Unfortunately, the EBB birth class wasn’t available yet, and our college student budget combined with my husband’s crazy school schedule led me to a series of YouTube videos of a midwife’s birth class that we watched as our preparation and education for birth. It was helpful enough, and I did the research to have most of the information I needed to make good decisions, but… MAN I also SO much doubted myself. So, though I mentioned maybe hiring a doula to my husband, and maybe getting a more hands-on childbirth class… I didn’t really push for it like I did to invest in our birth photographer, the wonderful Elizabeth Ashdown.
Overdue and Waiting
My due date arrived during Thanksgiving week. Both our families came into town for the holiday very very hopeful to meet their first granddaughter/niece, and we ate lots of food, walked a lot, and…. nothing. No Braxton Hicks, no mucus plug, no major discomfort – I was just my normal, very pregnant self. I wasn’t worried – evidence says first-time moms go an average of five days “overdue” – but I did do some more research to see if I could do anything to get things going.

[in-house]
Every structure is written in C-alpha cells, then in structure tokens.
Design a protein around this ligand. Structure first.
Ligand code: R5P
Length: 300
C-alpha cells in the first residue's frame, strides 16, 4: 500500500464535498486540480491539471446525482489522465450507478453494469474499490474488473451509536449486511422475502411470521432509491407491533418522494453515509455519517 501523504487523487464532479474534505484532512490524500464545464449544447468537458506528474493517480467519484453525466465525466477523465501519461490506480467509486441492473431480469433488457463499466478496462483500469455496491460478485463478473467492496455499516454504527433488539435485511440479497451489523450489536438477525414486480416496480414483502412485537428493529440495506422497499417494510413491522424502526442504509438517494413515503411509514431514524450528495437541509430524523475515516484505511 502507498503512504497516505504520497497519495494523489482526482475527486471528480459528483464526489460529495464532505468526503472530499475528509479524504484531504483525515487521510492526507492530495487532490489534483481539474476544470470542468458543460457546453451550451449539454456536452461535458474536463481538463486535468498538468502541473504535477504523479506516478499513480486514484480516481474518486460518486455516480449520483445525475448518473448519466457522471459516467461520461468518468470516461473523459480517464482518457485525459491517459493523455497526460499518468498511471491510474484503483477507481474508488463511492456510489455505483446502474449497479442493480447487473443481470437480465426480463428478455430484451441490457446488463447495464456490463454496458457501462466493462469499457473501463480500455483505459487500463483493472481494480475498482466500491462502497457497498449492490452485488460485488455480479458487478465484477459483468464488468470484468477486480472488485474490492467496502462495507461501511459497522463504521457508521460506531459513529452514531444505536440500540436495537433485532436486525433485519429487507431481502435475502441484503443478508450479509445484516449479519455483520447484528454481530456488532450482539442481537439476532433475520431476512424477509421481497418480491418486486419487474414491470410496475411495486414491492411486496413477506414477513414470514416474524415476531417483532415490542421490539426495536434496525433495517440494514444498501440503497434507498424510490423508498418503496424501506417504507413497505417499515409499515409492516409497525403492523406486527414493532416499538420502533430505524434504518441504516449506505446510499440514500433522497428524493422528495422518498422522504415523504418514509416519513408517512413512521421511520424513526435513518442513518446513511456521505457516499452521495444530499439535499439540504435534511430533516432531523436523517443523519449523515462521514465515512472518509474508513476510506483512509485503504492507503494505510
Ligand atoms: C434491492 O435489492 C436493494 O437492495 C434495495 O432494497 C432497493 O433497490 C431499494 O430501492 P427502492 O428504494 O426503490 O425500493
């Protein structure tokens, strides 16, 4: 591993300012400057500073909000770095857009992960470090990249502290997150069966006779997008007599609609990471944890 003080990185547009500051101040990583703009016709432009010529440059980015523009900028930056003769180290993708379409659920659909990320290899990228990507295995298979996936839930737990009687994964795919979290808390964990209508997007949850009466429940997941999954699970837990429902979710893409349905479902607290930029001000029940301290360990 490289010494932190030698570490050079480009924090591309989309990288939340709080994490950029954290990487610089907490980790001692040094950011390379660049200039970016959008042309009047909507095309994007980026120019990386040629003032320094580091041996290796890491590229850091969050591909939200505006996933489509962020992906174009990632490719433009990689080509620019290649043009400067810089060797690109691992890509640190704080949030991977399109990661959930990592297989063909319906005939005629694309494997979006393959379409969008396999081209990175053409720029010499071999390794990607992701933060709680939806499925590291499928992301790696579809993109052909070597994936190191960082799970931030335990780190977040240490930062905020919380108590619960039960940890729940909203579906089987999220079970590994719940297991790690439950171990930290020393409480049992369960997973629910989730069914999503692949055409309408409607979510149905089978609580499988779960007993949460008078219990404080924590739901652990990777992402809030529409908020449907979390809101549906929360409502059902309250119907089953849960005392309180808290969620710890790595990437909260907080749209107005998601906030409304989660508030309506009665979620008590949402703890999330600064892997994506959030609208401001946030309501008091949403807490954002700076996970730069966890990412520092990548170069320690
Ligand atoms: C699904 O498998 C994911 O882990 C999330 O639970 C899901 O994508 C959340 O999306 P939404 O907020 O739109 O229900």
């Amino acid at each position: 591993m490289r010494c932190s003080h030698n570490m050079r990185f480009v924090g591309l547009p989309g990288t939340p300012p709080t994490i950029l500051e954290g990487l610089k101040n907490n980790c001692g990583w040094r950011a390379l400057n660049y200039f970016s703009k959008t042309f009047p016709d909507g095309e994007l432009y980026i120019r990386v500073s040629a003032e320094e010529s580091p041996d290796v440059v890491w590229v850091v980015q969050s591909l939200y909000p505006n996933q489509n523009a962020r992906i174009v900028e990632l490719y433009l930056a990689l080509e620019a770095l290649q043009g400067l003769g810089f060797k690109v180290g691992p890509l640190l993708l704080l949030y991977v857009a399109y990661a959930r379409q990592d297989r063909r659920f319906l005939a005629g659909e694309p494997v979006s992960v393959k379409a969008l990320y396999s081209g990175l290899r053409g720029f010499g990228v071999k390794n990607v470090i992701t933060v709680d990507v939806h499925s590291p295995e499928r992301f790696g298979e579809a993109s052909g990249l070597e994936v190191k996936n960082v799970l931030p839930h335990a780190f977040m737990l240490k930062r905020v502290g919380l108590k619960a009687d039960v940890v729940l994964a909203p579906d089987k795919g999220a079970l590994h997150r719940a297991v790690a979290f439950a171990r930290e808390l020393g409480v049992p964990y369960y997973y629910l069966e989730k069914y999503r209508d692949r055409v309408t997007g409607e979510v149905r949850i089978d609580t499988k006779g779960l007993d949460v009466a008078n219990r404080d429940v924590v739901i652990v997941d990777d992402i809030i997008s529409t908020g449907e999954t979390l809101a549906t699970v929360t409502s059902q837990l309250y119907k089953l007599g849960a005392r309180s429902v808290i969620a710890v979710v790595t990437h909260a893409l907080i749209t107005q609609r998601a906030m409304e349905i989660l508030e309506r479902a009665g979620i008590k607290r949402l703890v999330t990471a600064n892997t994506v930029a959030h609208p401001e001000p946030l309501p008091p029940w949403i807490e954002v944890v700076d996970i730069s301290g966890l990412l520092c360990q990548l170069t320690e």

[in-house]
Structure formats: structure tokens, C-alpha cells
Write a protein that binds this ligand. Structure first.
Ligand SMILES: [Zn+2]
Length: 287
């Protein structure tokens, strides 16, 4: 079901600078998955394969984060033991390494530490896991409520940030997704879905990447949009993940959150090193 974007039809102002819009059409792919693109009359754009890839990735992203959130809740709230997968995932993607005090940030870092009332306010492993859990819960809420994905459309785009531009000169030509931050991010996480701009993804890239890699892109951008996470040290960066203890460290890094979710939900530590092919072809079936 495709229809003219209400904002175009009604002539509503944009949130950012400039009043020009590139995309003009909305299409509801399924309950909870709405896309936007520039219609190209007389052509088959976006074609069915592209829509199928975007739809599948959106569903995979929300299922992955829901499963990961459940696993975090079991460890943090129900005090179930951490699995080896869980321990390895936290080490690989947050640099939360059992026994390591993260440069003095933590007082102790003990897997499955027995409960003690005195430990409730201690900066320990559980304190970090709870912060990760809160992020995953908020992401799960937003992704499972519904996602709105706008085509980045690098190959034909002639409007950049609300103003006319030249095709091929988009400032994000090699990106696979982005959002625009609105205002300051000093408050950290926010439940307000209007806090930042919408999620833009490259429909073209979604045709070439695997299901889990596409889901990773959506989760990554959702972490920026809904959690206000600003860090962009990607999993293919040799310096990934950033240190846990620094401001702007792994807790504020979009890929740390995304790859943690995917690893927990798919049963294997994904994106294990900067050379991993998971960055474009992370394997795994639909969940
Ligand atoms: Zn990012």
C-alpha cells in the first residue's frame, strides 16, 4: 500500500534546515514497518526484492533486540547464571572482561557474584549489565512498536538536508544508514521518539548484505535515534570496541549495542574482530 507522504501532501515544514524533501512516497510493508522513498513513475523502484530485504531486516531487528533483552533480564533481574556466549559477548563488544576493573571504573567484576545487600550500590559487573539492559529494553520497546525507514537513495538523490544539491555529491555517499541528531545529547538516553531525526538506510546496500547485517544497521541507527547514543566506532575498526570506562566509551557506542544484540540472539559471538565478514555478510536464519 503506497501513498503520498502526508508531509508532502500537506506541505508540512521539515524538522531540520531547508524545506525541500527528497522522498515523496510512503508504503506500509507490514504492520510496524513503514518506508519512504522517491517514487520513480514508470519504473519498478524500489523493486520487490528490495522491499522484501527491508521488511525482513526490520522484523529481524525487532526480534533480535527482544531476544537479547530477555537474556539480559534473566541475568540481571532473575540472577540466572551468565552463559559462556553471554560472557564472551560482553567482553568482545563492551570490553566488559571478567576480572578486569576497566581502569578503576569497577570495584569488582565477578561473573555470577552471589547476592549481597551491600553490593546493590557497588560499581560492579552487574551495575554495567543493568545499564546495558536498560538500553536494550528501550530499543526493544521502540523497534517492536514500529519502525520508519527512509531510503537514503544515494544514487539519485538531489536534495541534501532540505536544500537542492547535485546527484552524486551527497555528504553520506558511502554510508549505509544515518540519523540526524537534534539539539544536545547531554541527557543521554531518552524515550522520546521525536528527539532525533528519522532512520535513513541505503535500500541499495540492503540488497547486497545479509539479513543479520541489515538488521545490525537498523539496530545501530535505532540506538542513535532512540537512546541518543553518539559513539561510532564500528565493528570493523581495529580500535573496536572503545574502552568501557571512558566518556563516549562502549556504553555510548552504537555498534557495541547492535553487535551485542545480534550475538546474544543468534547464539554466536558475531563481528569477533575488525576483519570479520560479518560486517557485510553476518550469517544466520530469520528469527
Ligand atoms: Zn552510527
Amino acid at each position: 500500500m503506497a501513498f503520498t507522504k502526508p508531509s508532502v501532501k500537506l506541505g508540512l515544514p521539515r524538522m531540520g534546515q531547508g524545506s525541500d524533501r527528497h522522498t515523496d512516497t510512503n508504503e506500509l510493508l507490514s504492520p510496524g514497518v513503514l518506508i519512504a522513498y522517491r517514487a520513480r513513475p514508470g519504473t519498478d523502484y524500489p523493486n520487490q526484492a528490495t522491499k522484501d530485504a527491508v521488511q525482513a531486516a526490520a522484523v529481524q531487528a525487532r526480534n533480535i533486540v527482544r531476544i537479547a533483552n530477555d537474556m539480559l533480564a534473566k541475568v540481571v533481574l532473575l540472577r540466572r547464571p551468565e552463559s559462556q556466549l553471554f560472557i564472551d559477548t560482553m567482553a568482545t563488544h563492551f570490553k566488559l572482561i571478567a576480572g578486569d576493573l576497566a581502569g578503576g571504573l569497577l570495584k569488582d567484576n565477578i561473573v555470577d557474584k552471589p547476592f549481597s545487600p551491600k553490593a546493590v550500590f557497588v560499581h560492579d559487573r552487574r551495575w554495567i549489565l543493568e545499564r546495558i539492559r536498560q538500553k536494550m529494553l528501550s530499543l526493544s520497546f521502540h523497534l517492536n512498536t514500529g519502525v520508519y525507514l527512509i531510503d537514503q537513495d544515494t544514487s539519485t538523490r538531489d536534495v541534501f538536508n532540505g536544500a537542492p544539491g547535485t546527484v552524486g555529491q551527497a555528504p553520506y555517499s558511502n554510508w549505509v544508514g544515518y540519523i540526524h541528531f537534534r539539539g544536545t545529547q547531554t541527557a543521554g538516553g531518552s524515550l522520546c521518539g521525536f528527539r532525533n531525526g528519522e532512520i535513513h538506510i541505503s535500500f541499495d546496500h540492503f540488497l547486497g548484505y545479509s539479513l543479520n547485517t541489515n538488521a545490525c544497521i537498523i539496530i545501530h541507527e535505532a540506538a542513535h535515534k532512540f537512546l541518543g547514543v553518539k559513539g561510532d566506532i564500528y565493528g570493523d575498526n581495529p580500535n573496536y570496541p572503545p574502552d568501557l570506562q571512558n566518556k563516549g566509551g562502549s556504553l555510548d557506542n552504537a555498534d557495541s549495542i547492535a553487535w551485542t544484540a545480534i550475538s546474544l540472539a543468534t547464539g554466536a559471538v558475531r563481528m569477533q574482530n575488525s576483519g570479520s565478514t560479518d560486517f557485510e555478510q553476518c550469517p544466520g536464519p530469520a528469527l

It was then that I discovered Spinning Babies. Turns out Eleanor was FAR from the ideal position inside my uterus – instead of facing my back and right side (LOA), she was facing my stomach and angled towards my left hip. But I needed help to do any of the exercises they recommended to shift her into a better position (which would help her drop down more and put pressure on my cervix so it could dilate and efface better), and I still felt unsure of myself. So I just tried to sleep in a good position and hoped she would turn on her own.